Mazes, gas lines, and bricked over windows were H.H. Holmes’ game. A trickster and mass murderer all in one man, he loved his “work” and was prepared for anything. But, 1880’s Chicago was not prepared for the likes of this mutilated mind.
H.H. Holmes was born in was born in Gilmanton, New Hampshire on May 16th, 1860 as Herman Webster Mudgett. Mudgett’s early life was relatively uneventful. Though he claimed to have been bullied by fellow students, no real evidence exists of any life events that could have led to the creation of such a monster, though claims of an alcoholic father and a fear of skeletons seem prevalent. What we do know is that Mudgett graduated from the University of Michigan Medical School in 1884. After graduation, Mudgett moved to Chicago to practice pharmacy, and history was made.
It is important to note that Mudgett married several women concurrently. This action seems to be common among serial killers.
Using the pseudonym H.H. Holmes (which we will use for the duration of this article), he began a series of fraudulent business practices. These practices were the center of a fund raising journey that eventually led to the building of Holmes’ “Castle” in Chicago. The “Castle” was a block long series of buildings constructed by numerous contractors. Holmes used many different builders for fear that any one man would know what was inside. The “Castle” was two stories high with the lower level housing businesses while the upper levels held terror.
The upper levels of the “Castle” were constructed into interweaving mazes with bricked over windows, doors that could only be opened from the outside, a chute that lead to a basement, trap doors, secret rooms, sliding walls, torture equipment, elongating beds and gas lines run to each room. The “Castle” was opened concurrently with the World’s Columbian Exposition in 1893 as a motel. Once in the rooms, victims would never escape.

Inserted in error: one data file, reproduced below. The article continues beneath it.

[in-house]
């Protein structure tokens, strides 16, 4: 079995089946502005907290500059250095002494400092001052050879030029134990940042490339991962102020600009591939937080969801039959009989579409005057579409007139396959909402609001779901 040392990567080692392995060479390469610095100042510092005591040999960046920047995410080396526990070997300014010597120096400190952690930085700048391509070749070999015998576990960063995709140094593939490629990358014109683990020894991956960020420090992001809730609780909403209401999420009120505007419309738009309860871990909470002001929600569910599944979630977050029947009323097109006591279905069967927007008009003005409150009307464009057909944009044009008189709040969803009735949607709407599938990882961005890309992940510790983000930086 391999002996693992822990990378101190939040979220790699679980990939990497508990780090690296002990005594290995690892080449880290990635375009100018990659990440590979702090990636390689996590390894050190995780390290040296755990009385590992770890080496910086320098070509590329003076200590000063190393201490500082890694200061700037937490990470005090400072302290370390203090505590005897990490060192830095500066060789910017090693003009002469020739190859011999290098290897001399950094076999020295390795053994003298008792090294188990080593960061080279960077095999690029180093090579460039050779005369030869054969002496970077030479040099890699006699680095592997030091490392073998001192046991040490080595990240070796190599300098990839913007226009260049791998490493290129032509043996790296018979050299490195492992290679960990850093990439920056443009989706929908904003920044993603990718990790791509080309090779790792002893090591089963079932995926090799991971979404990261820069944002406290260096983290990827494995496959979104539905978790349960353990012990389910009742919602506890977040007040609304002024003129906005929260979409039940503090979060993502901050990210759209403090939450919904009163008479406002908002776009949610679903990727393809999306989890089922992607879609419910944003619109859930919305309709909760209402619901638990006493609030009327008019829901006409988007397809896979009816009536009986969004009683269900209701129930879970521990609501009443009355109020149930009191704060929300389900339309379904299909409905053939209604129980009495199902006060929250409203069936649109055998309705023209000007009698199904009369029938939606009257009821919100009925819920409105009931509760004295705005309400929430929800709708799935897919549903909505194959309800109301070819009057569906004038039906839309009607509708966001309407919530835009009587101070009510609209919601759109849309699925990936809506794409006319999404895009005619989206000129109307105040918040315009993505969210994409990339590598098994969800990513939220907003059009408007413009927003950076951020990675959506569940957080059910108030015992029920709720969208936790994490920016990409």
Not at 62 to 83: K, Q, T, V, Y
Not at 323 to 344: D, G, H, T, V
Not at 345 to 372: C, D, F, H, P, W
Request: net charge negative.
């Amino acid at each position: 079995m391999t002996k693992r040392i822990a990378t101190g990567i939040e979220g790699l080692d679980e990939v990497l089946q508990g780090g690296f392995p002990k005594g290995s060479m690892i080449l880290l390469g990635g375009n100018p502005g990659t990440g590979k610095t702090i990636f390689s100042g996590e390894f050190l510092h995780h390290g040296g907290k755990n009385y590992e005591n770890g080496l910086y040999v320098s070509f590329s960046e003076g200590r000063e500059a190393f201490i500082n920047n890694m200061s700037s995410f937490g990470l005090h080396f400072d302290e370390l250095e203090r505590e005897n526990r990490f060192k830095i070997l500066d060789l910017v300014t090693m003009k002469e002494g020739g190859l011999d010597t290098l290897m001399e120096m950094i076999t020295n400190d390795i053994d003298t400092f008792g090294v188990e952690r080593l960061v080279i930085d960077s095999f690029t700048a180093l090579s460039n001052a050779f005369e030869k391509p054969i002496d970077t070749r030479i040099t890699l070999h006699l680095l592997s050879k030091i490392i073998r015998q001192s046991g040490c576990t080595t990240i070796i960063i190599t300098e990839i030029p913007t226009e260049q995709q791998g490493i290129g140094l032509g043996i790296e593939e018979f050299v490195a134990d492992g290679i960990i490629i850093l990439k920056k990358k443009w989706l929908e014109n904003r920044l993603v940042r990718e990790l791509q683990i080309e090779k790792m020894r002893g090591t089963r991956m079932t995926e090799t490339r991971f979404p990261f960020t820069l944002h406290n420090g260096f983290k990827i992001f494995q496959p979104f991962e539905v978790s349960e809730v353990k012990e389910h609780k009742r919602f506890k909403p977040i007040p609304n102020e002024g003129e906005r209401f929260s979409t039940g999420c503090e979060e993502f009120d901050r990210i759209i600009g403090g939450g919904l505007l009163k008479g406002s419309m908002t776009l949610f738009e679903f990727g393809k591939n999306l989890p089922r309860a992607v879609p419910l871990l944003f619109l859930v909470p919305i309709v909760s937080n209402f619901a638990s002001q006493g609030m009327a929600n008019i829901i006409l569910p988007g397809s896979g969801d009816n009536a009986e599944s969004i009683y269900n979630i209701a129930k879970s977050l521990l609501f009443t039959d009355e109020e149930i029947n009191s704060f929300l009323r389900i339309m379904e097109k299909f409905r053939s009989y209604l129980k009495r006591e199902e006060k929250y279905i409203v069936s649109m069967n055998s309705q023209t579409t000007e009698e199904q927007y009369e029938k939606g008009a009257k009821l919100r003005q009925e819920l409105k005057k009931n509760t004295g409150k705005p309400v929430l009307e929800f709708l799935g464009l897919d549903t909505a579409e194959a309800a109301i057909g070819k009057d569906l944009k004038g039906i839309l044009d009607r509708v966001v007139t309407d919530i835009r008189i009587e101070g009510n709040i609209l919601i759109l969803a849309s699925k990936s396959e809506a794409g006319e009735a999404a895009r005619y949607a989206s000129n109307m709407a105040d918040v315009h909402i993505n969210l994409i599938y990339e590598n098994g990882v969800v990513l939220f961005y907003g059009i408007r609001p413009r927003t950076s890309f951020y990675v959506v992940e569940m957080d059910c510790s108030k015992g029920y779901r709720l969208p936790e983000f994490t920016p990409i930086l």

To better understand the mind of this serial killer let us go through the motions of a killing. Holmes, armed with the knowledge that in Chicago you could fire an employee before two weeks of employment were up and never pay them a dime, frequently hired female motel workers. Before completing her first two weeks she would somehow end up in a torture room where Holmes would gain pleasures from the mutilation he so loved. The woman may be beaten, poisoned, burned alive or stretched to see how far the body would go before tearing into pieces. After the torture, Holmes would use a greased chute, to slide the body into the basement where he continued his pleasurable actions. The basement was built with vats of acid, furnaces and lime pits. Here he sometimes chose to strip the body of all flesh and turn the skeleton into a teaching tool which he would later sell to medical schools. Organs were also saved and sold for profit. The remains could be burned, eaten by acid or covered in lime.
Holmes was captured and hanged in Philadelphia on may 7, 1896. Reports claim his final words were to the executioner. “Take your time: Don’t bungle it!” he said. Ironically, the noose did not break his neck immediately and it took more than 10 minutes for Holmes to die.
H.H. Holmes was an extraordinary killer in every true sense of the word. He terrorized a city from inside a skillfully constructed tomb. The number of actual murders will never be known, though some estimate it to be in the hundreds. Holmes was an intelligent medical mind turned putridly insane!
“H. H. Holmes.” Wikipedia. 26 May 2007
Ramsland, Katherine. “H.H. Holmes: Master of Illusion.” The Crime Library. 26 May 2007